Sharapova is thrilled to get a wildcard for Birmingham

Posted May 20, 2017

Sharapova will have to win through three qualifying rounds to earn a spot in Wimbledon's 128-strong main draw.

The 2004 champion is now ranked 211 in the world, below the cut-off for direct entry, but her first-round win at this week's Italian Open means she is assured of a place in the qualifying tournament, played a few miles away from Wimbledon.

She is just returning from a drug ban and the organizers cited the ban as the reason for denying her a wildcard.

Sharapova needed to reach at least the semi-finals of the Italian Open to qualify for the main draw of Wimbledon 2017. But Sharapova, a two-time victor at Roland Garros, probably knows it better than anyone else that her dreams of making a strong comeback will take a lot to realise. The five-time Grand Slam victor had plummeted to 211.

Sharapova's attempts to secure a wildcard for this month's French Open were rejected by the French Tennis Federation this week.

Qualifying for Wimbledon begins May 26 at the Bank of England Sports Centre in Roehampton.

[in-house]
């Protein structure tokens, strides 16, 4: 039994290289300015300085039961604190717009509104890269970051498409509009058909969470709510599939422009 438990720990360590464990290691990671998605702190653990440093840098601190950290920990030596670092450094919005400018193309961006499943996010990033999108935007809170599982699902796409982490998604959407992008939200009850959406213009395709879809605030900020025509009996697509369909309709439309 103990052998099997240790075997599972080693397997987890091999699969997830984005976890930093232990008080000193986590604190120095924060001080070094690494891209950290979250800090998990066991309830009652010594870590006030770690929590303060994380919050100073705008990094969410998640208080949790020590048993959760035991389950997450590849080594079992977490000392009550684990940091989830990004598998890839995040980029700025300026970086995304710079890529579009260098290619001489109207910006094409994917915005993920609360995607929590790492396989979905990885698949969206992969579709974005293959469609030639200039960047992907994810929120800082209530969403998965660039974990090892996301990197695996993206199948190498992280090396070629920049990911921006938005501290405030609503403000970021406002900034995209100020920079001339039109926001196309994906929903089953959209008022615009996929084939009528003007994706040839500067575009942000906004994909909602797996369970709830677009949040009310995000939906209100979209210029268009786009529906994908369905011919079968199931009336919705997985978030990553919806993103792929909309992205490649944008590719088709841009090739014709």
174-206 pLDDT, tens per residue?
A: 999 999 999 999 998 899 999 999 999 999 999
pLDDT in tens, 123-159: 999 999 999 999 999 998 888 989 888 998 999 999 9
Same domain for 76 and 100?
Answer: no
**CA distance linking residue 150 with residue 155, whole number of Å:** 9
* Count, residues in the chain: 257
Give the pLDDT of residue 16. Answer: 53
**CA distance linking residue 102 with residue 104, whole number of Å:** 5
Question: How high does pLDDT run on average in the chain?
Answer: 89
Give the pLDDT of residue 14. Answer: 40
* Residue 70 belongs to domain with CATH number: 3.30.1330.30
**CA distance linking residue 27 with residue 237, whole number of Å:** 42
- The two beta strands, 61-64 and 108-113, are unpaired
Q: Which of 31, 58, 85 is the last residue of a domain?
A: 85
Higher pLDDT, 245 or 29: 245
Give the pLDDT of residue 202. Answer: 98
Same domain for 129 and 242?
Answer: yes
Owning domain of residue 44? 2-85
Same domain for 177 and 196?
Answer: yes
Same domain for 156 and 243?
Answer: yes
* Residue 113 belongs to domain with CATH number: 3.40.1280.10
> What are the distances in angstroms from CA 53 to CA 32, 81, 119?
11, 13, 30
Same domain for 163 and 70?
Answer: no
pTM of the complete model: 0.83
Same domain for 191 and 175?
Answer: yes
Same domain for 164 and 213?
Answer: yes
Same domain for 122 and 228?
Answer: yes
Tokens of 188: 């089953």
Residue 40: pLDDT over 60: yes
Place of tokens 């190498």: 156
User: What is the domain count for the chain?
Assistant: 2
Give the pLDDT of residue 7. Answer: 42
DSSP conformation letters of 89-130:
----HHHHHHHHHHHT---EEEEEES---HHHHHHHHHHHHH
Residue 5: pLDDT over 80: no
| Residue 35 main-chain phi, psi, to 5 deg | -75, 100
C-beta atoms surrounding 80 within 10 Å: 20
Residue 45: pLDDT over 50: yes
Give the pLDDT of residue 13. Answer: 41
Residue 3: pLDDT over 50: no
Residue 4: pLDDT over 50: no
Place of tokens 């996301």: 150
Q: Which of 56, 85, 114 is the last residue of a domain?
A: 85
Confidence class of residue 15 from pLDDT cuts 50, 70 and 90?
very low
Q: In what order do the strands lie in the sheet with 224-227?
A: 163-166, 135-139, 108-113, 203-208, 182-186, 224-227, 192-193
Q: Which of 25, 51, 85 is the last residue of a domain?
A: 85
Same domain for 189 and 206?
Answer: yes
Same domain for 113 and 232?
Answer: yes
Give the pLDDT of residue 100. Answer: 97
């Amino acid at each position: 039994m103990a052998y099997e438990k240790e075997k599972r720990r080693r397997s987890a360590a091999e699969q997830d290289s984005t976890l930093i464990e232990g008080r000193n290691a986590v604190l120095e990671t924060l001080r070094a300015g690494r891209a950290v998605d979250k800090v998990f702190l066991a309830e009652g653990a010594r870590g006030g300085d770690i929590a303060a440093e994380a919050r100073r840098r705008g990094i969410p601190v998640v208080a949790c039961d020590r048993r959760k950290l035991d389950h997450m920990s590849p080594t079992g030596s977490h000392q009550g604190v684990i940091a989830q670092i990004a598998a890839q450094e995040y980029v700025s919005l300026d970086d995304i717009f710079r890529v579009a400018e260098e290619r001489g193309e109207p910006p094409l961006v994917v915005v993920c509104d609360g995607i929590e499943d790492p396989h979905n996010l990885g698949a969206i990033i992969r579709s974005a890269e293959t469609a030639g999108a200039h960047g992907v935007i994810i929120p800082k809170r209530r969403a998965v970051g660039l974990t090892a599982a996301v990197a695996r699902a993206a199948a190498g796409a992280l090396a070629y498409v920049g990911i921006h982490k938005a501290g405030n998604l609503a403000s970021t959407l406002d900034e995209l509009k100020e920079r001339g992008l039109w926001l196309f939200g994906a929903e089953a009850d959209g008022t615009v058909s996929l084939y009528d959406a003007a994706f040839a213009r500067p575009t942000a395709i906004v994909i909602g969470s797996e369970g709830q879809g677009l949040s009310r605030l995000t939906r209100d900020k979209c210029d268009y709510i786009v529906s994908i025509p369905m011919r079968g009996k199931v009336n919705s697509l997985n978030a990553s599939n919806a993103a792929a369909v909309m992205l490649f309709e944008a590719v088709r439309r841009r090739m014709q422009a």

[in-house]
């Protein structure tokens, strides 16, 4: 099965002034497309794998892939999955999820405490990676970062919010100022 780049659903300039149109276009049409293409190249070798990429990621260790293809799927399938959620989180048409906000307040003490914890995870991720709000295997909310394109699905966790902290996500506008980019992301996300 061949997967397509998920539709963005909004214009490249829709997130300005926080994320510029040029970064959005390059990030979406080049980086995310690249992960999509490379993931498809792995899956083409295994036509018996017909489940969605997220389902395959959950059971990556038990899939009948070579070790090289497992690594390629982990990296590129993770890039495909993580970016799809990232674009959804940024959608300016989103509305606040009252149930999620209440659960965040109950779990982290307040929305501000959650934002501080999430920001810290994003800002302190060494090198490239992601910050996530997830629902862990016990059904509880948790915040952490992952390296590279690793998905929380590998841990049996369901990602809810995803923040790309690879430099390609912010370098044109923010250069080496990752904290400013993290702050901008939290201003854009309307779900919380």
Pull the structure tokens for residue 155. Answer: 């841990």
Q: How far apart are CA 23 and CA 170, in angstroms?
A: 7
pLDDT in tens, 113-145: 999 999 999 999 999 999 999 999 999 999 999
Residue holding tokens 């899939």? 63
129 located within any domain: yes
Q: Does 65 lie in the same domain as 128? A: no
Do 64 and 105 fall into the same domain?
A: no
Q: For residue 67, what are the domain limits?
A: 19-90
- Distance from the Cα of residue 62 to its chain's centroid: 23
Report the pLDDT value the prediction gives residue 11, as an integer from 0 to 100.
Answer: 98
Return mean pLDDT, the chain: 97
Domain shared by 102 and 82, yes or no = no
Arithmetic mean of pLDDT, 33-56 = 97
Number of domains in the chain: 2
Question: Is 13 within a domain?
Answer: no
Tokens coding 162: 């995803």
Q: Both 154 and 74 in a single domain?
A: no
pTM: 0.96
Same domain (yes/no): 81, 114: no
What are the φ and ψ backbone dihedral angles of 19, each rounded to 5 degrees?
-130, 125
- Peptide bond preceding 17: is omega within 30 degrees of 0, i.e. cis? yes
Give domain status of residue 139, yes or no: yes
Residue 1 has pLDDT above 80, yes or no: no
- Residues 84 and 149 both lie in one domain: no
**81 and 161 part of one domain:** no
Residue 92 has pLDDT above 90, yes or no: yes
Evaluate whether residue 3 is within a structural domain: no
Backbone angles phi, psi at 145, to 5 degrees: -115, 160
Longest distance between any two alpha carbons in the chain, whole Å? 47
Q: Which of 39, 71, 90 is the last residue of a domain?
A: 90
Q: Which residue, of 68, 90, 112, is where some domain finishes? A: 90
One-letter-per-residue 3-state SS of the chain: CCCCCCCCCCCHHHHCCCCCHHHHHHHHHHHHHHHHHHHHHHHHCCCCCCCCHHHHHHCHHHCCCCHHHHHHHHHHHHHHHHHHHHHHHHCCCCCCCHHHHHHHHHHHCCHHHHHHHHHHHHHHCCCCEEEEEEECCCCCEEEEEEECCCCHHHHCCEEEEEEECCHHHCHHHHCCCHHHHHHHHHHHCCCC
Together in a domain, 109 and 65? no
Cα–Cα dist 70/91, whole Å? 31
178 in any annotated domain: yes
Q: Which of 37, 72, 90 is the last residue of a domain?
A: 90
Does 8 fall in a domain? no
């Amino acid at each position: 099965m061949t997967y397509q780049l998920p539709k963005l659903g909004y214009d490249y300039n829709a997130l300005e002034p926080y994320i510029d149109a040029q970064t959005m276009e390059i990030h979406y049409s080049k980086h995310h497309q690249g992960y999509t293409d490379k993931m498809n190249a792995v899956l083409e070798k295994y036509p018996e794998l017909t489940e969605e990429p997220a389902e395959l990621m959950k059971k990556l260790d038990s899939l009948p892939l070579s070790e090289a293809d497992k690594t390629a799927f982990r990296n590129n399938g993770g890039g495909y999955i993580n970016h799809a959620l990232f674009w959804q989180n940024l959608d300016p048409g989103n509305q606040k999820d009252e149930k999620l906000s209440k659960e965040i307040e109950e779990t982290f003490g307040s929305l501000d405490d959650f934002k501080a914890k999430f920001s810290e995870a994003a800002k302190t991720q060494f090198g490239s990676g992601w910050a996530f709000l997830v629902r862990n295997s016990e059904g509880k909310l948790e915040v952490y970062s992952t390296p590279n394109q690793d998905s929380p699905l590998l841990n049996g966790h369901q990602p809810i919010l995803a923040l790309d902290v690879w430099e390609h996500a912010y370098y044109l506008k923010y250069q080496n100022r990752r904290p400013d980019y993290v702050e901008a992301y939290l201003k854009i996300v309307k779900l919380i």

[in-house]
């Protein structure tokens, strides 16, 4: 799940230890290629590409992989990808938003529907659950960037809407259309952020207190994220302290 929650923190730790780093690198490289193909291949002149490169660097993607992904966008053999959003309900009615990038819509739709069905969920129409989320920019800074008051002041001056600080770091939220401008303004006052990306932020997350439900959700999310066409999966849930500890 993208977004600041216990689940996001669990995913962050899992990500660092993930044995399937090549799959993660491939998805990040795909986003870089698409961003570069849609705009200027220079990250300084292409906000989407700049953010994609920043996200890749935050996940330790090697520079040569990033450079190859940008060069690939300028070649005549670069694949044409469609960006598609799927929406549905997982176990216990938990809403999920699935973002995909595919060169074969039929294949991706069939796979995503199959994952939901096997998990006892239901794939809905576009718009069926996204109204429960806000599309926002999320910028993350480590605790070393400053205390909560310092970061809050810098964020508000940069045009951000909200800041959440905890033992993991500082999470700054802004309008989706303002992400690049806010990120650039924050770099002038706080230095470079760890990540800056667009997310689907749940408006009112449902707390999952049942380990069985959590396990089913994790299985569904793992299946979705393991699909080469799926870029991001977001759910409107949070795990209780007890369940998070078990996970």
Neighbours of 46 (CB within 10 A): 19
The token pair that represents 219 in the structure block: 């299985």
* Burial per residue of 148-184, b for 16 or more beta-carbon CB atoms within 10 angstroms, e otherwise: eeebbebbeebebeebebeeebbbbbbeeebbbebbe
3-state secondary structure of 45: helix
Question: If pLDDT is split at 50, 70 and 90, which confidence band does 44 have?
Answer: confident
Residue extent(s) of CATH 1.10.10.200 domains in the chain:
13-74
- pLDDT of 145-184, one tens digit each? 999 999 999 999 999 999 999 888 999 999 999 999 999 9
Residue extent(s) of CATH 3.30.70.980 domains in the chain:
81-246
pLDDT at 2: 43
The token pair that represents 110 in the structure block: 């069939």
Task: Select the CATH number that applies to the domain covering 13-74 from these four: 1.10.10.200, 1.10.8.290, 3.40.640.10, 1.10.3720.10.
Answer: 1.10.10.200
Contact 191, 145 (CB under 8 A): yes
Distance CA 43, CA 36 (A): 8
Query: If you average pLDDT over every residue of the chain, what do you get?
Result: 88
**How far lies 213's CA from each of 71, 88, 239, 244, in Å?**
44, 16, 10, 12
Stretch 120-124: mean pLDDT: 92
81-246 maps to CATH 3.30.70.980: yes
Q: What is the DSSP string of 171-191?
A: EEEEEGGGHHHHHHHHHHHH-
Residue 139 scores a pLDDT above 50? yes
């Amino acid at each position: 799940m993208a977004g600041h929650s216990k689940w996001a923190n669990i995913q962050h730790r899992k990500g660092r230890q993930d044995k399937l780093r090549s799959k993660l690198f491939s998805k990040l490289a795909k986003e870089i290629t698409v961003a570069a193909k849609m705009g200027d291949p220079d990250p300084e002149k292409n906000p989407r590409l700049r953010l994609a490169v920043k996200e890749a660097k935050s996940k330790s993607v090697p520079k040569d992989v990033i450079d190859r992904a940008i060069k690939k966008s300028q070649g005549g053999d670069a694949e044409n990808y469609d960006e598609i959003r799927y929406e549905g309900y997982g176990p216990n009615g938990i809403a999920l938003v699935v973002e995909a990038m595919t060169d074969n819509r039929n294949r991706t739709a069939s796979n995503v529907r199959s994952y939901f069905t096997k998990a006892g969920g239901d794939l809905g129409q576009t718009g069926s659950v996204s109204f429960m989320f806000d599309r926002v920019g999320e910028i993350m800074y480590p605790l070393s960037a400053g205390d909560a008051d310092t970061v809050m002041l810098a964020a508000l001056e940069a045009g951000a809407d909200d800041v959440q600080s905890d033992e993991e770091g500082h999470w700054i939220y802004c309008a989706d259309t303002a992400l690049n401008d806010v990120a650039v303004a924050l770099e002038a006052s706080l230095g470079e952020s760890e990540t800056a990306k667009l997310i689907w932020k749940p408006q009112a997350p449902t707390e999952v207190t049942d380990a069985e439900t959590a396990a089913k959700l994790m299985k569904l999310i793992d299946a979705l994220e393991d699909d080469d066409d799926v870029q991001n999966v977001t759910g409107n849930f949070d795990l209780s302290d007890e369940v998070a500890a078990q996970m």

The now 30-year old is currently ranked 211, below the cutoff for direct entry into the Wimbledon main draw.

A five-time slam victor, the 30-year-old was denied a wildcard entry to next month's French Open but will not be relying on that route to try and claim a berth at the All England Club in July.

As the debate continues over whether certain tennis tour organisers have done the right thing by providing wild card entries to the "disgraced" Maria Sharapova, the Russian tennis star has given something back to her critics on Friday May 19.

Wimbledon's wildcard committee meets on June 20 but Sharapova has backed herself to come through the preliminaries. She has competed in the tournament seven times. I read very carefully articles 100 and 101 of the Court of Arbitration for Sport (CAS) which reduced the length of your ban.

Grand Slam officials traditionally extend wild-card invitations to well-known players who have not met the qualifying requirements for reasons such as injury.

She won the first of her five grand slams at Wimbledon in 2004.